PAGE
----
Tuesday, April 20, 2010

Fort Barrancas, Florida - First Hostile Shots of the Civil War

Note: We are observing Confederate History Month by looking at historic sites and points of interest in the South related to the War between the States.

It might require a little rewriting of history, but the first hostile shots of the War Between the States were fired by U.S. troops in Florida, not by Confederate troops in South Carolina.

On January 6, 1861, sentries at Fort Barrancas, an important post protecting Pensacola Bay and the Pensacola Navy Yard, observed shadowy figures approaching the main gate of the fort through the darkness. Barrancas was then the only one of the harbor fortifications at Pensacola occupied by the U.S. Army in any strength at all. The nearby posts of Fort Pickens and Fort McRee were held only by caretakers and the Advanced Redoubt, a subsidiary work to Fort Barrancas, was not occupied at all.

The men occupying Fort Barrancas that night normally occupied more comfortable quarters in the nearby Barrancas Barracks, but Lt. Adam J. Slemmer had moved them into the main fort after hearing rumors that state militia troops planned to seize the fort. According to a report filed just three days earlier, Barrancas was heavily armed. The Ordnance Department in Washington had reported on January 3rd that the fort contained 44 seacoast and garrison cannon and 20,244 pounds of gunpowder.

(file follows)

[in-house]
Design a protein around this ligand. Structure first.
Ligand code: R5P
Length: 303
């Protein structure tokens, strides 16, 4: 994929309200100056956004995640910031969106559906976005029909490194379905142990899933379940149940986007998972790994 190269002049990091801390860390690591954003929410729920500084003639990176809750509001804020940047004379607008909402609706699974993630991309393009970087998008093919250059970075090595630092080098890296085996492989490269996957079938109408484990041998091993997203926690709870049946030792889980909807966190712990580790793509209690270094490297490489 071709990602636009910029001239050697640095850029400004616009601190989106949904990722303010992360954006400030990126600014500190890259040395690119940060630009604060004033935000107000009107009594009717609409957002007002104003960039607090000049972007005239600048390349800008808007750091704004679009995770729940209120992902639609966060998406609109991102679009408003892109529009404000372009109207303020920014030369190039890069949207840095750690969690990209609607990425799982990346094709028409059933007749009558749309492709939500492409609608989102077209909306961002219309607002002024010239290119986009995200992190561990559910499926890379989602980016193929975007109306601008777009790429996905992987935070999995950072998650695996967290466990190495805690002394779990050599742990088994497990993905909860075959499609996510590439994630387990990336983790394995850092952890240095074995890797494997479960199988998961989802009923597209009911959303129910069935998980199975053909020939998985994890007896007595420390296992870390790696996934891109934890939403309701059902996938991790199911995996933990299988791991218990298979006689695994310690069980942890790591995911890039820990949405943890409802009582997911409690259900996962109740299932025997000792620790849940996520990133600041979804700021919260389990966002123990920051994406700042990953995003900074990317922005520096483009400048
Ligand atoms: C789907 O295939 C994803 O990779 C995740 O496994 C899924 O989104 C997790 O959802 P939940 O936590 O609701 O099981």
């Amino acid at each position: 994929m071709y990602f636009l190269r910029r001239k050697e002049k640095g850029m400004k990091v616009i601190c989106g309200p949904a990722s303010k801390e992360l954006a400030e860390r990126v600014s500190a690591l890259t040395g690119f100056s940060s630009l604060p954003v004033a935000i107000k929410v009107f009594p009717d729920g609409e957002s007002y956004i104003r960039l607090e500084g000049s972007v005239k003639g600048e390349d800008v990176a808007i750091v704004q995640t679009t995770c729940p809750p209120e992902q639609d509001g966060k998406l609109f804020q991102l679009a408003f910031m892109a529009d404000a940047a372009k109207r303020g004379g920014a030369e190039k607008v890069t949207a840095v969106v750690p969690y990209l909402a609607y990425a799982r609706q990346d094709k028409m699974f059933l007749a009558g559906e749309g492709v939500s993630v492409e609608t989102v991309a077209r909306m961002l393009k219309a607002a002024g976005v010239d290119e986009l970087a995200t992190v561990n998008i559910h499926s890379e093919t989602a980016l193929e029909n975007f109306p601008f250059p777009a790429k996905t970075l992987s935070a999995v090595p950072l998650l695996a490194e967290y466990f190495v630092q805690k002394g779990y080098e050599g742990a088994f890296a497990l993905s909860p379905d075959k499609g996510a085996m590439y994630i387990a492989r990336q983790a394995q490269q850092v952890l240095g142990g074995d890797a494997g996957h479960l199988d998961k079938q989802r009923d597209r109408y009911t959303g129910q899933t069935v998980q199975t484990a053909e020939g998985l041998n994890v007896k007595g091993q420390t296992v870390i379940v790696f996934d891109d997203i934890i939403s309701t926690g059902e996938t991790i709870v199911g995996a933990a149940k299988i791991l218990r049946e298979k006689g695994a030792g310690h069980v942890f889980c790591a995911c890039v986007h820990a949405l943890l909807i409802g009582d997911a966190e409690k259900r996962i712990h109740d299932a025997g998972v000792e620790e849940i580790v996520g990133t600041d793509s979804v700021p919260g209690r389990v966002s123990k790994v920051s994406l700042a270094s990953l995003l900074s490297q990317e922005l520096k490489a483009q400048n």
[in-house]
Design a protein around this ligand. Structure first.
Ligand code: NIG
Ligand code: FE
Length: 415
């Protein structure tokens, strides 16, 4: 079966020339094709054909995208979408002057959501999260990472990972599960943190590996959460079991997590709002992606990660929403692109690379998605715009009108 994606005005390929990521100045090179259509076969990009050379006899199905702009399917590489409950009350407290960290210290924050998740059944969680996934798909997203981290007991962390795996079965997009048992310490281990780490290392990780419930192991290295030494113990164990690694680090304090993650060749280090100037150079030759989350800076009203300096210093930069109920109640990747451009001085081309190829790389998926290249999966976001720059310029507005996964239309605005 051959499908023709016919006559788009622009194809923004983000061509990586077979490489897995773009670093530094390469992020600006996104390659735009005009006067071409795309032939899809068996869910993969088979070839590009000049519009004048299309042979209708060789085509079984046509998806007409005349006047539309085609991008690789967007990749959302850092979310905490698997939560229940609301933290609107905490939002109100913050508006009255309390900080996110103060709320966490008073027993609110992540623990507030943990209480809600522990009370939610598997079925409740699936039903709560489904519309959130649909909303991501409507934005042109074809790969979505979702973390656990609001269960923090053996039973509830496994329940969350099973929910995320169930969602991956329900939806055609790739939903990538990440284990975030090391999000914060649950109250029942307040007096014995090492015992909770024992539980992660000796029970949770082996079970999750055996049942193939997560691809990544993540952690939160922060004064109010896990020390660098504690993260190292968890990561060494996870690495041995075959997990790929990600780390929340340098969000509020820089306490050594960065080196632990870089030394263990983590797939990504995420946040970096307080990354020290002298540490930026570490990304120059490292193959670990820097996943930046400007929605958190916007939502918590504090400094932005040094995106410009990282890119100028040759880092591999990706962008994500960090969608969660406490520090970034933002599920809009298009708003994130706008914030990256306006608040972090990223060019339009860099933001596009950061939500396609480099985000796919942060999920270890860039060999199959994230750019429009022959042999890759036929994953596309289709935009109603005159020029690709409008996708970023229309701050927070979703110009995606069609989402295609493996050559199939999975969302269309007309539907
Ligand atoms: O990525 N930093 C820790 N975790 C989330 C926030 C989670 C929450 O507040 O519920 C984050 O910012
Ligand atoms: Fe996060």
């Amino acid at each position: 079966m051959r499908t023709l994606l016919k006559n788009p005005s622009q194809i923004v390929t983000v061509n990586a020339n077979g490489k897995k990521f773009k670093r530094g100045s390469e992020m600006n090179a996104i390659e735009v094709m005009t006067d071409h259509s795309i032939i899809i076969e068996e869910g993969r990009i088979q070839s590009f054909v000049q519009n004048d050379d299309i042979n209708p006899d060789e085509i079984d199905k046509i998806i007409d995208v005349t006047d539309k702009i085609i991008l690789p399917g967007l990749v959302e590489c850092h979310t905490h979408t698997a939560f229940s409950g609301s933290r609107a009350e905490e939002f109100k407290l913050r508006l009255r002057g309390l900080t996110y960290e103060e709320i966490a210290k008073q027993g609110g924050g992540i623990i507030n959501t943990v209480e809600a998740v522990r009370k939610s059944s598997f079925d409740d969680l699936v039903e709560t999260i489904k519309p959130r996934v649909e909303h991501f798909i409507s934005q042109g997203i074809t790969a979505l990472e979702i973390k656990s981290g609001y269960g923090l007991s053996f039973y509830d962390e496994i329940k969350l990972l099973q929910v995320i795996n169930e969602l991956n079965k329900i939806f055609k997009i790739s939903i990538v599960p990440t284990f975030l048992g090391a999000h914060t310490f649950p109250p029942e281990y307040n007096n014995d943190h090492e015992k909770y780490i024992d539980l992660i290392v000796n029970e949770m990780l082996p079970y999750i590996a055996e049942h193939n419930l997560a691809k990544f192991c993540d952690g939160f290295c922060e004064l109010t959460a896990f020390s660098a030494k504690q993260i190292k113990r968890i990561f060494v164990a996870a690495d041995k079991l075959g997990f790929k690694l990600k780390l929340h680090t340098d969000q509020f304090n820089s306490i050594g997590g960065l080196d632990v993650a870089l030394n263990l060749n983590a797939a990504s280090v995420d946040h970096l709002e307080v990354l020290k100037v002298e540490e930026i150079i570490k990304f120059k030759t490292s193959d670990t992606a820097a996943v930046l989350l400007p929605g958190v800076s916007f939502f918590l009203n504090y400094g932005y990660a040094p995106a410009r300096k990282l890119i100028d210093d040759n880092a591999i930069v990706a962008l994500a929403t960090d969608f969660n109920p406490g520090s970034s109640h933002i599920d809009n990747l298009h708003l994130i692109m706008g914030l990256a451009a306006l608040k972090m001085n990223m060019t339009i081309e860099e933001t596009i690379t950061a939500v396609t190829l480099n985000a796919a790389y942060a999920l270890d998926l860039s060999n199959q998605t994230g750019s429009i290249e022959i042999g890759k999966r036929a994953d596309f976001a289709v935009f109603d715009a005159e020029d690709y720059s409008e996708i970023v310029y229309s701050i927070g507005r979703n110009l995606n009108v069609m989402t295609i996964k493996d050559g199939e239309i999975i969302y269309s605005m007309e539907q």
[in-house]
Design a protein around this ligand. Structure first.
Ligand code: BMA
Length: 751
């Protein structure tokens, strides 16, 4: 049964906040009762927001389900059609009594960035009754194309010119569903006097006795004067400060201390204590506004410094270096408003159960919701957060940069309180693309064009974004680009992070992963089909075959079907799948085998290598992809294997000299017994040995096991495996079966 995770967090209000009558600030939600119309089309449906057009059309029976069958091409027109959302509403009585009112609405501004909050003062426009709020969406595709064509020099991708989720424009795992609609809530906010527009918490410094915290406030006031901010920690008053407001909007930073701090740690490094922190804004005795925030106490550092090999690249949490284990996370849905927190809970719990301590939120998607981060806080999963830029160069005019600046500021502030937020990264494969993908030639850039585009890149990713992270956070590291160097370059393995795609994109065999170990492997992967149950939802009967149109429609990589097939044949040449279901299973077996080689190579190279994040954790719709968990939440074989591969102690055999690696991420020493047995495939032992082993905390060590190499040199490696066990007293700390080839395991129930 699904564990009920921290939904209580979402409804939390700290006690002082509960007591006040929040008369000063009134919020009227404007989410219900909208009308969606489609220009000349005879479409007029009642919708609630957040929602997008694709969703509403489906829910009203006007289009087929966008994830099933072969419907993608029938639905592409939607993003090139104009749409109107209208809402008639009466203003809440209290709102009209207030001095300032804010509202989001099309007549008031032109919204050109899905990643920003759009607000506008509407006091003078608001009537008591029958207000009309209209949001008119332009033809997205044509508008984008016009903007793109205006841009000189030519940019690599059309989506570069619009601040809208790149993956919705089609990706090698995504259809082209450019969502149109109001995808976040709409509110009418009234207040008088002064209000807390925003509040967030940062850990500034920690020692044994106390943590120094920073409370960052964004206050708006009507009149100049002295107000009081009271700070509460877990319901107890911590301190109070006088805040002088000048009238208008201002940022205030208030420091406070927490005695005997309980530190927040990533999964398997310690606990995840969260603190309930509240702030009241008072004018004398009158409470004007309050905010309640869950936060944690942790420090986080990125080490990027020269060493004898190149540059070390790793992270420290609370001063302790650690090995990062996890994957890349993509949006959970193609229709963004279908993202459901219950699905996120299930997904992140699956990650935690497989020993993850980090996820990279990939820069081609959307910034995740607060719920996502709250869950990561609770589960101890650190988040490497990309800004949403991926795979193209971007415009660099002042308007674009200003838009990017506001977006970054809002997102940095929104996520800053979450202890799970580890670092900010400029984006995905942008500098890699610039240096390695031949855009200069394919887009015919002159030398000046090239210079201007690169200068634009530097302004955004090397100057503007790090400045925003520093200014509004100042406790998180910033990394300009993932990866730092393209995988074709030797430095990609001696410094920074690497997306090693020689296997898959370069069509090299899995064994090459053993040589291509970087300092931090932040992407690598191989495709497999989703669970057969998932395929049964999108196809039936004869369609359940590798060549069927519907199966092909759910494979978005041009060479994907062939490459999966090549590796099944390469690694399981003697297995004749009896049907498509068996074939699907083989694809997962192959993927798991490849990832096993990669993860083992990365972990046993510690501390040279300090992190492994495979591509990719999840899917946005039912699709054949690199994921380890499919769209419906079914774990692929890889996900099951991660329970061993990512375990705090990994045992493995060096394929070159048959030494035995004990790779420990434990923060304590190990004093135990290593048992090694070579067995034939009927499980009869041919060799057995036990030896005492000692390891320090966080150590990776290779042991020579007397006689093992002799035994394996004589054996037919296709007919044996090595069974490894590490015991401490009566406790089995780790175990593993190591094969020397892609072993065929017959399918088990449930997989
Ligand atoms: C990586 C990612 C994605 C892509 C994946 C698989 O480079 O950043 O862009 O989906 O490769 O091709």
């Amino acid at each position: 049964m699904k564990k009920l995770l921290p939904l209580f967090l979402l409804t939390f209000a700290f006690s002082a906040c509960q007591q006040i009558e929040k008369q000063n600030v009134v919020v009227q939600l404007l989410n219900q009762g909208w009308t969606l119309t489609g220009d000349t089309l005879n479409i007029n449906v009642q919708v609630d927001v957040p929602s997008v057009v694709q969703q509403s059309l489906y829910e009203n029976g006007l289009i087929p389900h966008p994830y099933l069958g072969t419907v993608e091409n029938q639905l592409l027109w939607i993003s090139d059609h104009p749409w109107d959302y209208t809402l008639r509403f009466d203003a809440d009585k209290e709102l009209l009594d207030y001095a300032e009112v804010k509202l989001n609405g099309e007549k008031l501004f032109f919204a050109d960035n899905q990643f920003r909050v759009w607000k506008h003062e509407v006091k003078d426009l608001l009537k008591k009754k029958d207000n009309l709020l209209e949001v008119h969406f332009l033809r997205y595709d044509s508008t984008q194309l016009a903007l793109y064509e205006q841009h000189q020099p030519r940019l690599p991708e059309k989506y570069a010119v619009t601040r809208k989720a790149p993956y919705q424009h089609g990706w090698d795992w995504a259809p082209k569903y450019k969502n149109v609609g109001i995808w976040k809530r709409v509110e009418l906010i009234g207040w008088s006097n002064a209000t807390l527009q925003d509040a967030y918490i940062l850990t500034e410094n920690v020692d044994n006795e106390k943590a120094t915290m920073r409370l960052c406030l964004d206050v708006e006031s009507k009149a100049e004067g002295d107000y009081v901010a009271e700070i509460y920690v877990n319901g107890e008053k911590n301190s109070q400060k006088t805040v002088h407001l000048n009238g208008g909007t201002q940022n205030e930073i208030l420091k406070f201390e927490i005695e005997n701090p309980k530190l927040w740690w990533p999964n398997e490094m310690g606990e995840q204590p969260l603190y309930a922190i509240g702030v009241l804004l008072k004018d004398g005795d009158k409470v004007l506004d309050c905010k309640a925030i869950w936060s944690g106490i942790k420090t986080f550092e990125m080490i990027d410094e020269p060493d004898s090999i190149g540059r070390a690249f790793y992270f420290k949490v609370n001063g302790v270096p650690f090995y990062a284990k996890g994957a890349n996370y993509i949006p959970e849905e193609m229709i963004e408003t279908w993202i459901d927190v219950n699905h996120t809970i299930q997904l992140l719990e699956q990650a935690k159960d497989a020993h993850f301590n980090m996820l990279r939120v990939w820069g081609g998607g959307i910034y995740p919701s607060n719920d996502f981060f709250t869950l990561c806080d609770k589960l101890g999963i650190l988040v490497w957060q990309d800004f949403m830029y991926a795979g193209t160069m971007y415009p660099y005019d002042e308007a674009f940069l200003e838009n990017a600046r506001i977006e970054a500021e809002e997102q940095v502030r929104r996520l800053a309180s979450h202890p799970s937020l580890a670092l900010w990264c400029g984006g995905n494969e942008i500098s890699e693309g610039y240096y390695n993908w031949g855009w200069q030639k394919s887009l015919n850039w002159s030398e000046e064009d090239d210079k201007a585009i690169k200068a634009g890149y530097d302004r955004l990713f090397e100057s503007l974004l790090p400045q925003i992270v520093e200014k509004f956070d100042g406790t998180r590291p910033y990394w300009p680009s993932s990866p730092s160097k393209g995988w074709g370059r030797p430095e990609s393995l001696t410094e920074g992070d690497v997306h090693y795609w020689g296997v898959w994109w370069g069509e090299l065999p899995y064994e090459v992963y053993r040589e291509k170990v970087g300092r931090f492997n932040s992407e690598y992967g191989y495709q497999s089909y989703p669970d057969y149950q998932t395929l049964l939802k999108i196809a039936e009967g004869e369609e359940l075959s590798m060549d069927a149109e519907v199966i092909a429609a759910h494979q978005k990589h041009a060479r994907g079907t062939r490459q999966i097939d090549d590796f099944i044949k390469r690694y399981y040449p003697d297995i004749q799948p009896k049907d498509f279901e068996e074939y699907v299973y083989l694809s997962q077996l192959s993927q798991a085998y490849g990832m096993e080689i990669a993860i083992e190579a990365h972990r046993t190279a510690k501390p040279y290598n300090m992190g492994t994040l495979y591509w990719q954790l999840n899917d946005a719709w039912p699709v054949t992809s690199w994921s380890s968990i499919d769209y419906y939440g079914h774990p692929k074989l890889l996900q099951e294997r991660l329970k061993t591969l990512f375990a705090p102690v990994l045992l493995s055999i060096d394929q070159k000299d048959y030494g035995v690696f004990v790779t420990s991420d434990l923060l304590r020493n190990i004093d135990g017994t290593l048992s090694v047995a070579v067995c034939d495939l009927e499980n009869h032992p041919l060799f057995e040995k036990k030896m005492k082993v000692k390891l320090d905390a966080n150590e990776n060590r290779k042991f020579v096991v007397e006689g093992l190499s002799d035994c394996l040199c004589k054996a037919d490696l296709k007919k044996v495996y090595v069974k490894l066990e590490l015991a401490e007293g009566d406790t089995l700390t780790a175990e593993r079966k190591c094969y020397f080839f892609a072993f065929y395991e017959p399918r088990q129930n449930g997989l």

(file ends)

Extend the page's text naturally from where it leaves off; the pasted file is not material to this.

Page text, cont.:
The rumors that Southern troops might try to seize the fort, however, had the sentries on edge. As they saw the unknown men walking onto the drawbridge on January 6th, they reacted quickly. After the mysterious figures did not respond to their calls, the sentries opened fire. The figures disappeared, but the first hostile shots of the Civil War had been fired. Deciding to move his command to the more secure Fort Pickens on Santa Rosa Island, Lieutenant Slemmer began preparing to evacuate Fort Barrancas the next day.

It was later disclosed that the figures on the drawbridge had been volunteer soldiers from Alabama who approached the fort after hearing a rumor that it had been evacuated by the Federals. Instead they found themselves facing the firing end of the muskets of Slemmer's sentries and scrambled for cover. No one was injured in the incident, which happened before the firing on the Union ship Star of the West by cadets from The Citadel a short time later and more than three months before the bombardment of Fort Sumter.

To learn more about Fort Barrancas, please visit www.exploresouthernhistory.com/fortbarrancas1.

No comments: